With project management, once the scope of the project has been defined, it is important to get the approval of stakeholders before proceeding further. If the project is small it might only require a single signature from the main sponsor or client for scope verification however with larger projects there may be a number of stakeholders involved.
With key stakeholders it is crucial to get explicit scope verification which could be a formal signature on paper or via an email that specifically states project approval. Whichever the method, a record of the scope verification should be retained. Of course, the stakeholders should already have been exposed to draft copies of the proposal making the verification process a mere formality.
With other, less involved, stakeholders it is acceptable to get implicit approval or scope verification. In other words the project manager presents the project plan to them for inspection with an ending date for voicing any questions or concerns. After that date if the project management team has not heard from the stakeholder it is assumed that approval has been granted.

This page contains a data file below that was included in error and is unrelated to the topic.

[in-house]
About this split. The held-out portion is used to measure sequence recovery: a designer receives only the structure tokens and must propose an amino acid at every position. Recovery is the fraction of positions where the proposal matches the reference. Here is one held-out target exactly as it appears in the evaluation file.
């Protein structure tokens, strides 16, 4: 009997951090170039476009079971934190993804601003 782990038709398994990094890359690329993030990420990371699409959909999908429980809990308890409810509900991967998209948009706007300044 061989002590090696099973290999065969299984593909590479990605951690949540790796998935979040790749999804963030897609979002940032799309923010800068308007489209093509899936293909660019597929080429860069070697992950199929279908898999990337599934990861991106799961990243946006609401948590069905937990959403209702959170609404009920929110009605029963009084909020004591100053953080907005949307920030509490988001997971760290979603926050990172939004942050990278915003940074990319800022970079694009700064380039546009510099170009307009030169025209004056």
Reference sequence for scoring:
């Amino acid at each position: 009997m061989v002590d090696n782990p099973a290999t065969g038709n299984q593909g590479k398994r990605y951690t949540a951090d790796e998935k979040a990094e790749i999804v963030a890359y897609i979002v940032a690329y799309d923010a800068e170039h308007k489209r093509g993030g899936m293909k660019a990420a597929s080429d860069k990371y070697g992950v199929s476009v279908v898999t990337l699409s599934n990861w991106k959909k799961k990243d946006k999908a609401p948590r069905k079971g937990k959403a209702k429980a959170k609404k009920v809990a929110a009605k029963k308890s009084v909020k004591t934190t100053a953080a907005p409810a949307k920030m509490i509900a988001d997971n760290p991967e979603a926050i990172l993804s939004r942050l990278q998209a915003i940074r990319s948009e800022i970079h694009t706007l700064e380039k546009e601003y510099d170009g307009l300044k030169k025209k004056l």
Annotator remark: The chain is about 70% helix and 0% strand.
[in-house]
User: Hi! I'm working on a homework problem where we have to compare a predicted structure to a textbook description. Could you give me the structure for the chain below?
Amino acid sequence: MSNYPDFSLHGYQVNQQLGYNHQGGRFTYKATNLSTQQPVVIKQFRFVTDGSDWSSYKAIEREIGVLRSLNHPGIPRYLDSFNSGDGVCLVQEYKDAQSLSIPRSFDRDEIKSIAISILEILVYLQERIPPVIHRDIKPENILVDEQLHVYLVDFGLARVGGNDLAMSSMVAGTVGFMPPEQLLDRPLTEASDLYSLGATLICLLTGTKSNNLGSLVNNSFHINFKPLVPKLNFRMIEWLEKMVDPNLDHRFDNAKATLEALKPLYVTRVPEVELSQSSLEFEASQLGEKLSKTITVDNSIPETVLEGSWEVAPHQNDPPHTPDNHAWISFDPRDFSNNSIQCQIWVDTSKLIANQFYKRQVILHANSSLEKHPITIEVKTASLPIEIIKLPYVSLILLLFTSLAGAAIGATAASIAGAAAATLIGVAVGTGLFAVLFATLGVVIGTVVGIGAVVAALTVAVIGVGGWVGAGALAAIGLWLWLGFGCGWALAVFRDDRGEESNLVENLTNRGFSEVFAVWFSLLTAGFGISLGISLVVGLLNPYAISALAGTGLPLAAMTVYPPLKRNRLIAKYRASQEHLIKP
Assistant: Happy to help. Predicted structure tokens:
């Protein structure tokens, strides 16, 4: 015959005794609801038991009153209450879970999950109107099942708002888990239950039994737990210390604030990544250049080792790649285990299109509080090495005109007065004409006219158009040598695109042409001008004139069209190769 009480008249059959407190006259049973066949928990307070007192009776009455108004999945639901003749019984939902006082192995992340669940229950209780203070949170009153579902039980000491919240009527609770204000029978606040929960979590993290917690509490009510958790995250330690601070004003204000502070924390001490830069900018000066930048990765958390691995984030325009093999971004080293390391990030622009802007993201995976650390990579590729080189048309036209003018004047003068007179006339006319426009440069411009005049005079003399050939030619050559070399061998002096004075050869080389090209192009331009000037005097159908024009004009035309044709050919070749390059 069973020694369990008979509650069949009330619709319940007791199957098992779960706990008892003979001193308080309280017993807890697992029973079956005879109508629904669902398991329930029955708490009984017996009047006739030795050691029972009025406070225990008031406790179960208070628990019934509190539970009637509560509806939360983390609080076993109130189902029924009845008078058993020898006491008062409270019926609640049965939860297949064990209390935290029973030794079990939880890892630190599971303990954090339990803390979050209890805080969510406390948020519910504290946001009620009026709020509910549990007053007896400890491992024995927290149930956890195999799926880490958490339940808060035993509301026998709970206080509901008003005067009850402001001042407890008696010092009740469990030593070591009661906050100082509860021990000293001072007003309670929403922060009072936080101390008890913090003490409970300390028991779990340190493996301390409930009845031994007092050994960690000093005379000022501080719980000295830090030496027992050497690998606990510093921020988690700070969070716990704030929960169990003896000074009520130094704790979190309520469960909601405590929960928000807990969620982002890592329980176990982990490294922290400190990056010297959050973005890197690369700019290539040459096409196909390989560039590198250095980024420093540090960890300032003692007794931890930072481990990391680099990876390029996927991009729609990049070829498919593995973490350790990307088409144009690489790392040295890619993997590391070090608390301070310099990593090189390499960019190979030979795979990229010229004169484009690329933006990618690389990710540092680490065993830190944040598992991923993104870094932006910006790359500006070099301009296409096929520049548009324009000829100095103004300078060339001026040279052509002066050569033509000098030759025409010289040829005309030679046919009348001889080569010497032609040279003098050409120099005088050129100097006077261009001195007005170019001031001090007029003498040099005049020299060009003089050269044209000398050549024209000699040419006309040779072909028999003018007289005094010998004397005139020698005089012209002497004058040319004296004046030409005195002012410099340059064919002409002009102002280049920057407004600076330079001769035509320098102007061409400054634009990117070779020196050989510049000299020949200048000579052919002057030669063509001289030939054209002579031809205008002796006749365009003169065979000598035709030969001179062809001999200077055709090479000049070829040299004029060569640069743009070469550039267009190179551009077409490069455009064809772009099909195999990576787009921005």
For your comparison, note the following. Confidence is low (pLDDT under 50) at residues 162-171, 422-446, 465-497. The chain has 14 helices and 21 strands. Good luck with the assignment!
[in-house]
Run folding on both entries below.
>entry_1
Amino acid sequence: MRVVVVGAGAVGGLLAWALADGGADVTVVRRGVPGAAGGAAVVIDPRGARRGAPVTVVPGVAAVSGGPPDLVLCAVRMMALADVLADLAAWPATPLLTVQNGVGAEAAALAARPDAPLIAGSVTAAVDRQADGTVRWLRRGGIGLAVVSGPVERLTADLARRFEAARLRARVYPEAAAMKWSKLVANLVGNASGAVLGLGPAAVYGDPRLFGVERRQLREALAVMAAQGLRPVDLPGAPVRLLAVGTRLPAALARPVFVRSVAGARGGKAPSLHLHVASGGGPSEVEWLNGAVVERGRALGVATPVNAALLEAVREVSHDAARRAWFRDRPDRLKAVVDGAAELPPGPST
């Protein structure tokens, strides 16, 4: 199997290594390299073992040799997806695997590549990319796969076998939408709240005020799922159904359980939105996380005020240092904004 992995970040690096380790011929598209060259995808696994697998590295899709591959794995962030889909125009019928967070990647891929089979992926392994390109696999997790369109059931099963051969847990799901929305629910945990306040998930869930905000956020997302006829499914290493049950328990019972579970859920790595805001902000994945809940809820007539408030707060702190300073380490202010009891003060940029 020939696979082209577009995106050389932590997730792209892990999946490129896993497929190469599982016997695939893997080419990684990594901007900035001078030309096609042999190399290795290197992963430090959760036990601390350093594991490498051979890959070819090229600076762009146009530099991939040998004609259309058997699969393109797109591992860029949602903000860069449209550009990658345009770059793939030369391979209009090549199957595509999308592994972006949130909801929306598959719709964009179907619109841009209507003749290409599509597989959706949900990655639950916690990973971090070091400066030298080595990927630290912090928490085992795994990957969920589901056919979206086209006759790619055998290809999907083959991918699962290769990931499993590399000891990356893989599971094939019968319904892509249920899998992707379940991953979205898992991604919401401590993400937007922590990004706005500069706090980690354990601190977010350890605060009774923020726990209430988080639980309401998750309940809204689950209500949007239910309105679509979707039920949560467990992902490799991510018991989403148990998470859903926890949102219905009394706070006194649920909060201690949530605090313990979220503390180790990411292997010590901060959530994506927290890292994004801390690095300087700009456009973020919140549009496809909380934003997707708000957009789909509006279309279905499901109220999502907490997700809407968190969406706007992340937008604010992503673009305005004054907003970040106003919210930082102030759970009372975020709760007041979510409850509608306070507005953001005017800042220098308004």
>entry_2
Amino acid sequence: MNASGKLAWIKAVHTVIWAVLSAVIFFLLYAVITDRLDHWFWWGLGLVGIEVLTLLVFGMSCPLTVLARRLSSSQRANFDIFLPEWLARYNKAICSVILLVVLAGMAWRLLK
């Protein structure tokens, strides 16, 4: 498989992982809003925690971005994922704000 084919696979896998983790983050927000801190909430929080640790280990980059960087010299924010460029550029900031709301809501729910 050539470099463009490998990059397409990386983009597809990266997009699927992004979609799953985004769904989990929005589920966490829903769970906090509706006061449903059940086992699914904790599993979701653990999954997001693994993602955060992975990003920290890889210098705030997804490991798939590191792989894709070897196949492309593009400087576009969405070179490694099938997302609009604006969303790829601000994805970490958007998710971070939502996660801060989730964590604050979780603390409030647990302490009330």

With other interested parties the project manager need only deliver to them a copy of the project plan letting them know the document is for informational purposes only. These parties are not in a position to request changes and by this point the project has probably already been approved by the sponsor or main client. The project management team should however be available to answer questions or clarify the parameters of the project.
This term is defined in the 3rd edition of the PMBOK but not in the 4th.